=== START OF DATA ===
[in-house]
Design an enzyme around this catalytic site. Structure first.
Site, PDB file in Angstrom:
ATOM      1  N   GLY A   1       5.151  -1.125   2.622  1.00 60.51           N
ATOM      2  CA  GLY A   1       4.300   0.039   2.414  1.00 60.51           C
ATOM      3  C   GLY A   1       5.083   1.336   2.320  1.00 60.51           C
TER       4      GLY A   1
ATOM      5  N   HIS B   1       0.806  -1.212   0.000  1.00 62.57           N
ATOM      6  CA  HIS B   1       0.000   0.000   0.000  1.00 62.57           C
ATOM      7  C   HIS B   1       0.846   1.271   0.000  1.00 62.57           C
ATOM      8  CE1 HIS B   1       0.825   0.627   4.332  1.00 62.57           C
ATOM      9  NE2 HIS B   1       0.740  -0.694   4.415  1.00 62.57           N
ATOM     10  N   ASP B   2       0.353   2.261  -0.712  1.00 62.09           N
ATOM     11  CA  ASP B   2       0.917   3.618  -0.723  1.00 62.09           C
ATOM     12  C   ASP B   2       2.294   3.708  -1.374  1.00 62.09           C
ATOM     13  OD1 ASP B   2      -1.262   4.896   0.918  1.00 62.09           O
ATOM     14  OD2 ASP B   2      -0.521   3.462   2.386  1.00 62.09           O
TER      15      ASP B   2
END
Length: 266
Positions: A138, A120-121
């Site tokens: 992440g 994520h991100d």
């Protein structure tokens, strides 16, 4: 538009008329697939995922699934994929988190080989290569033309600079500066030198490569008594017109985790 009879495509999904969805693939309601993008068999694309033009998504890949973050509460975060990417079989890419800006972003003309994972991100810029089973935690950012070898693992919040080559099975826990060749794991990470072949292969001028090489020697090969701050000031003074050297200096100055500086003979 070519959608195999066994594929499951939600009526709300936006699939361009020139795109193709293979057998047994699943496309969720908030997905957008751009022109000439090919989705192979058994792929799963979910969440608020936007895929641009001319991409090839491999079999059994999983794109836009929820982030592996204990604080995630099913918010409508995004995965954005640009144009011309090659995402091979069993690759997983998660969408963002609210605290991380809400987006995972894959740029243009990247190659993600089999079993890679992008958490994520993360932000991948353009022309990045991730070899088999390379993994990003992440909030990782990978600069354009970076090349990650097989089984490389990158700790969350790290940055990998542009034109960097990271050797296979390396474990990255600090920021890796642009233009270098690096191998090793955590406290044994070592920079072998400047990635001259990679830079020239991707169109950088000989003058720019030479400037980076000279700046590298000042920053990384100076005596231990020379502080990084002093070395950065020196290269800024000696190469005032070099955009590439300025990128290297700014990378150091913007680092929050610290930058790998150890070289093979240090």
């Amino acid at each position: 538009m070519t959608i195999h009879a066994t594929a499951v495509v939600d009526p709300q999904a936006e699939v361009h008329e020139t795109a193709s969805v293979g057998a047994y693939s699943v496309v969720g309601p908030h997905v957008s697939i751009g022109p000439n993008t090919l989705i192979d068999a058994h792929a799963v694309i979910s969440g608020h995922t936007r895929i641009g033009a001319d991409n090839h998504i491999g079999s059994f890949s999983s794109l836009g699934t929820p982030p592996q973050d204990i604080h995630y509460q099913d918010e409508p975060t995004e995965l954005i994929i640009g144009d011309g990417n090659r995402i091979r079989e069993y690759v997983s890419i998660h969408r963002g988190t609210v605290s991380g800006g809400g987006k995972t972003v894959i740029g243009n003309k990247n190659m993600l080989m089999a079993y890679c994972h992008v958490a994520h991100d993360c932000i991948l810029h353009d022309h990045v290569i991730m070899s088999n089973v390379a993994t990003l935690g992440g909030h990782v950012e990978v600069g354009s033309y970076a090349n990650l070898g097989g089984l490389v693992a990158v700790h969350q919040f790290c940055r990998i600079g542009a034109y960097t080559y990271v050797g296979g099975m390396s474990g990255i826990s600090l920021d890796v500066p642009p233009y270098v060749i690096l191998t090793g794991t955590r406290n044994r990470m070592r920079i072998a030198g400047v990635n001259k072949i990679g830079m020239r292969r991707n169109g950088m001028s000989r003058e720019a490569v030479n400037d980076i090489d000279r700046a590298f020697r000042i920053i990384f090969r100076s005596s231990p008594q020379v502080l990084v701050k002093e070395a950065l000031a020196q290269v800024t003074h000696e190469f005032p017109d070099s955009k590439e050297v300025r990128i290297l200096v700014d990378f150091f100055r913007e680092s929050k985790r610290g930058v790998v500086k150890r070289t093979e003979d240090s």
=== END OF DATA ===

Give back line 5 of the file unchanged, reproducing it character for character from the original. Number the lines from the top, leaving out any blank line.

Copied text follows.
ATOM      2  CA  GLY A   1       4.300   0.039   2.414  1.00 60.51           C